There are some things that as a parent can be a real challenge. Eating habits is definitely one of them. For those of you with picky eaters or sensory eaters, my heart goes out to you. This has been a huge evolution for my family and it was a bumpy road. (WOW was it bumpy!)
There are lots of habits that kids have that are lost over time (nose picking, weird faces, etc.), but eating habits will prevail if they are not properly addressed at a young age.
There are three rules that I am particularly conscious of, and I wanted to throw them out there. Perhaps they will change how you think about your meal planning, spark your interest in thinking about your child’s food differently, or perhaps they are just good reminders of what you are doing already. Regardless, I know our kids are THE MOST important parts of our lives, and nutrition is a crucial way we set good habits for future success in all areas (learning, growth, health, success, etc.).
1. kid food- If there is one idea I would like to break in western society, it is this idea of ‘kid food’. To me that means ‘void of nutrition and over-processed’. Hot dogs, chicken nuggets, fish crackers… there is typically little to no nutrition in these foods and a whole lot of preservatives and chemicals. Our kids need nutrition as much or more than we do- they are building brains and bodies!
There are very few countries in this world that make separate meals or foods for kids- they simply eat what everybody else is eating. If this just seems too unattainable at this point, focus on ‘kid friendly whole foods’ such as chicken legs, meatballs, eggs, etc. with veggies- things that you eat as well. That way you only have to make one meal and your kids get to upgrade their diet to more healthful, whole foods options.
2. constant snacking- There are two problems I have with the constant snacking habit. First and foremost is the quality of snack food. Crackers, cereals and cookies are essentially all sugar (flour products convert to sugars often faster than sugar itself since they are so refined). If you wish to do snacks (some cultures like France don’t really snack at all), focus on foods that you would want them to eat at mealtime- fruits, veggies, dips like hummus or guac, or cheese are great, easy options.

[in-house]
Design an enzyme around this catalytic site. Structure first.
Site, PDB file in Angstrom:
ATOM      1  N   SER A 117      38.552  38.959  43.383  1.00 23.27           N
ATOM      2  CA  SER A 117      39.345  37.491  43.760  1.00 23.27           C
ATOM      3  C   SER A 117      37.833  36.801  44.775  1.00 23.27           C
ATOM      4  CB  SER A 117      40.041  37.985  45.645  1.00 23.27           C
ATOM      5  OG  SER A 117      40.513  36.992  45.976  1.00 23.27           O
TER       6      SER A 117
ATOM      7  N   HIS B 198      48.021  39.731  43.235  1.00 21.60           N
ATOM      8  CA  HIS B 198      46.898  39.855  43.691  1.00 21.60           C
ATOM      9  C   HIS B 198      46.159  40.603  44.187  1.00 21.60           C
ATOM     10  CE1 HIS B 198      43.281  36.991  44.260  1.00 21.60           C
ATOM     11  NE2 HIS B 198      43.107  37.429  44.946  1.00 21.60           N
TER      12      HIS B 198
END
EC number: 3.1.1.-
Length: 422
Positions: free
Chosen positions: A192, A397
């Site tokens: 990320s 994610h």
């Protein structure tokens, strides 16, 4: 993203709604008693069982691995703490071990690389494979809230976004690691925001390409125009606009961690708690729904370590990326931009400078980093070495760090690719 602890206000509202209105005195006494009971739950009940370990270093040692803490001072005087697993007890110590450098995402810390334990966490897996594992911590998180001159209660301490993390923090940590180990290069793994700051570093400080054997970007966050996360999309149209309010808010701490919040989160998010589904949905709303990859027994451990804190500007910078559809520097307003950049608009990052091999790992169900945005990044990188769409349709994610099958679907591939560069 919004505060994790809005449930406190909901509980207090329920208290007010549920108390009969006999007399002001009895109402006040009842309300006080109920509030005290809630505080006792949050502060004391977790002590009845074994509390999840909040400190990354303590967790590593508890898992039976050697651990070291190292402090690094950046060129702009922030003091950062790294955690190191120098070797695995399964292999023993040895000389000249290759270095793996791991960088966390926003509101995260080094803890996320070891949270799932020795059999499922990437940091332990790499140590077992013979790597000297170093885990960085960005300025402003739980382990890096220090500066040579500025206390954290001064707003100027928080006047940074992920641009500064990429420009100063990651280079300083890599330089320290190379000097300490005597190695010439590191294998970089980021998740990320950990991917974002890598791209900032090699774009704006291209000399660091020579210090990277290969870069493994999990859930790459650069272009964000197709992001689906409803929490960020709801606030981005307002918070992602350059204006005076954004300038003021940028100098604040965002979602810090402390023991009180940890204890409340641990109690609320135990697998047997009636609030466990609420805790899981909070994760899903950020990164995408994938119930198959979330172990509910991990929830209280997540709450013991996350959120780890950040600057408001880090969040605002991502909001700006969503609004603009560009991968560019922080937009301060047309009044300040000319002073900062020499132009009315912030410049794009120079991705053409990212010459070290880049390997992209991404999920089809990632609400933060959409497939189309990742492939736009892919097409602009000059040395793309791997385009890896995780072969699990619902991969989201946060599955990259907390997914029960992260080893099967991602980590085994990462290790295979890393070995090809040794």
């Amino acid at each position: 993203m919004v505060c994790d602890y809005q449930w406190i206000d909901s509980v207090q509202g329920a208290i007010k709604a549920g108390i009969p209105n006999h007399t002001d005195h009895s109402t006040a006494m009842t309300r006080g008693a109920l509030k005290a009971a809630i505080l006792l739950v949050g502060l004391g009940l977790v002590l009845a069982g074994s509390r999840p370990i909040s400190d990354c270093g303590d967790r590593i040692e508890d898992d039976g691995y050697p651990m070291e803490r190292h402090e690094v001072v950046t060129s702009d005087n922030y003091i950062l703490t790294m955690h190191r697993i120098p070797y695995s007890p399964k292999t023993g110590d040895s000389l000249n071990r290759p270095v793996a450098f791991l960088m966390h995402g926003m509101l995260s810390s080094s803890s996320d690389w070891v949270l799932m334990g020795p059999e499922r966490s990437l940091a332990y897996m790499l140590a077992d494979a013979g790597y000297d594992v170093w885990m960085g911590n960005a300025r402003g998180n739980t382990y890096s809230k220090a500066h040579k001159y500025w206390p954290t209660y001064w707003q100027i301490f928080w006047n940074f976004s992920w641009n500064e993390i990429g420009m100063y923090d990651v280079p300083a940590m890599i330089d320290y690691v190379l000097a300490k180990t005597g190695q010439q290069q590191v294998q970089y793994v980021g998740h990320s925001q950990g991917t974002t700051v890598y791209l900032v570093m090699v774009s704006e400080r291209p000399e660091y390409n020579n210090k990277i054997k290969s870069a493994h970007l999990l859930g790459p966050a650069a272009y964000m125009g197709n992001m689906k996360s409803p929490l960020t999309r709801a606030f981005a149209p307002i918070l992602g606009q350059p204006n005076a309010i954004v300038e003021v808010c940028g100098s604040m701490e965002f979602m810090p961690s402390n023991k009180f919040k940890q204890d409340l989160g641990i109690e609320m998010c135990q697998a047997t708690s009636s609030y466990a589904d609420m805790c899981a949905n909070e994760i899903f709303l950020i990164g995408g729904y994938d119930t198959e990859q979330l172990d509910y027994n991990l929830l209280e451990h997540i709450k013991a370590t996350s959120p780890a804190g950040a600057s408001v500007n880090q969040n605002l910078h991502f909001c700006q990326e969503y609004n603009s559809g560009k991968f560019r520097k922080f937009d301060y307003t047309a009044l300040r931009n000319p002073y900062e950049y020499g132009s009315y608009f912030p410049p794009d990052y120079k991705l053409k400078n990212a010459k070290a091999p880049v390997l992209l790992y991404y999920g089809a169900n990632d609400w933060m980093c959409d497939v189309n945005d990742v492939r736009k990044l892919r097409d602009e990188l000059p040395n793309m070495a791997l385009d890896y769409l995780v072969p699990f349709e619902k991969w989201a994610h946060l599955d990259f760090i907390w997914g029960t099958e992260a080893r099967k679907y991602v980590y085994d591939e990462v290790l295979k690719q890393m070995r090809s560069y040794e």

Second, is the idea of ‘constant’ snacking. This ongoing grazing does not allow children to recognize or identify feelings of satiety (fullness) and hunger. This is an important skill kids will need throughout their lives.
3. sugar overdose- This ties back to a points I mentioned already- kid foods are pretty much synonymous with high sugar. Did you know that there are almost 4 cubes of sugar in one chocolate milk carton? One bowl of honey nut Cheerios contains 2 1/2 sugar cubes per serving of cereal, and if you take the simple carbohydrates into account, it is 6 cubes worth of sugar that your body has to process?! Shocking, right?
You might be thinking ‘but what about all the good stuff that is in there, too?’ Let me just say that if it can sit on a shelf for a year without spoiling, it does not contain much natural nutrition.
Aside of that, sugar has a LOT of side effects. It is very addictive, a huge contributor to poor focus/performance and behavioral challenges, and greatly compromises immunity. As you can see, there is much more to this picture than simply keeping track of whether your kids are within the ‘normal weight range’ for his/her age.
So now the question is how to get started on this- how to move from ‘kid foods’ to real food?
-Start simple. You don’t have to remove all the junk at once like I did (though for me it was easier than trying to negotiate the constant nagging of how many treats and when they could be consumed).
-Slowly incorporate more whole foods- put out a veggie tray just before dinner (sometimes they eat more of them if there aren’t competing foods on their plates)
-Upgrade their favorites (check out my almond flour chicken nuggets- you will like them, too!)
-Set a schedule for eating so that the snacking is managed, and start to look at the sugar/carbohydrate levels of your foods and looking for healthier options. (4 g sugar = 1 tsp or 1 sugar cube- same applies to carbohydrates, particularly if they are from refined flours as whole grains process more slowly.)
It can take a while for kids to adjust to the new routine, but if you keep the conversation open about how they can best take care of their bodies they will come to understand why these new rules are so important. You are your child’s best supporter and it is up to YOU to help them form healthy habits for the future!
What did you think of this post? What healthy changes have you made for your family that have made a big difference? I’d love to hear!
And as always, if you think this article is helpful please feel free to share with your friends and family!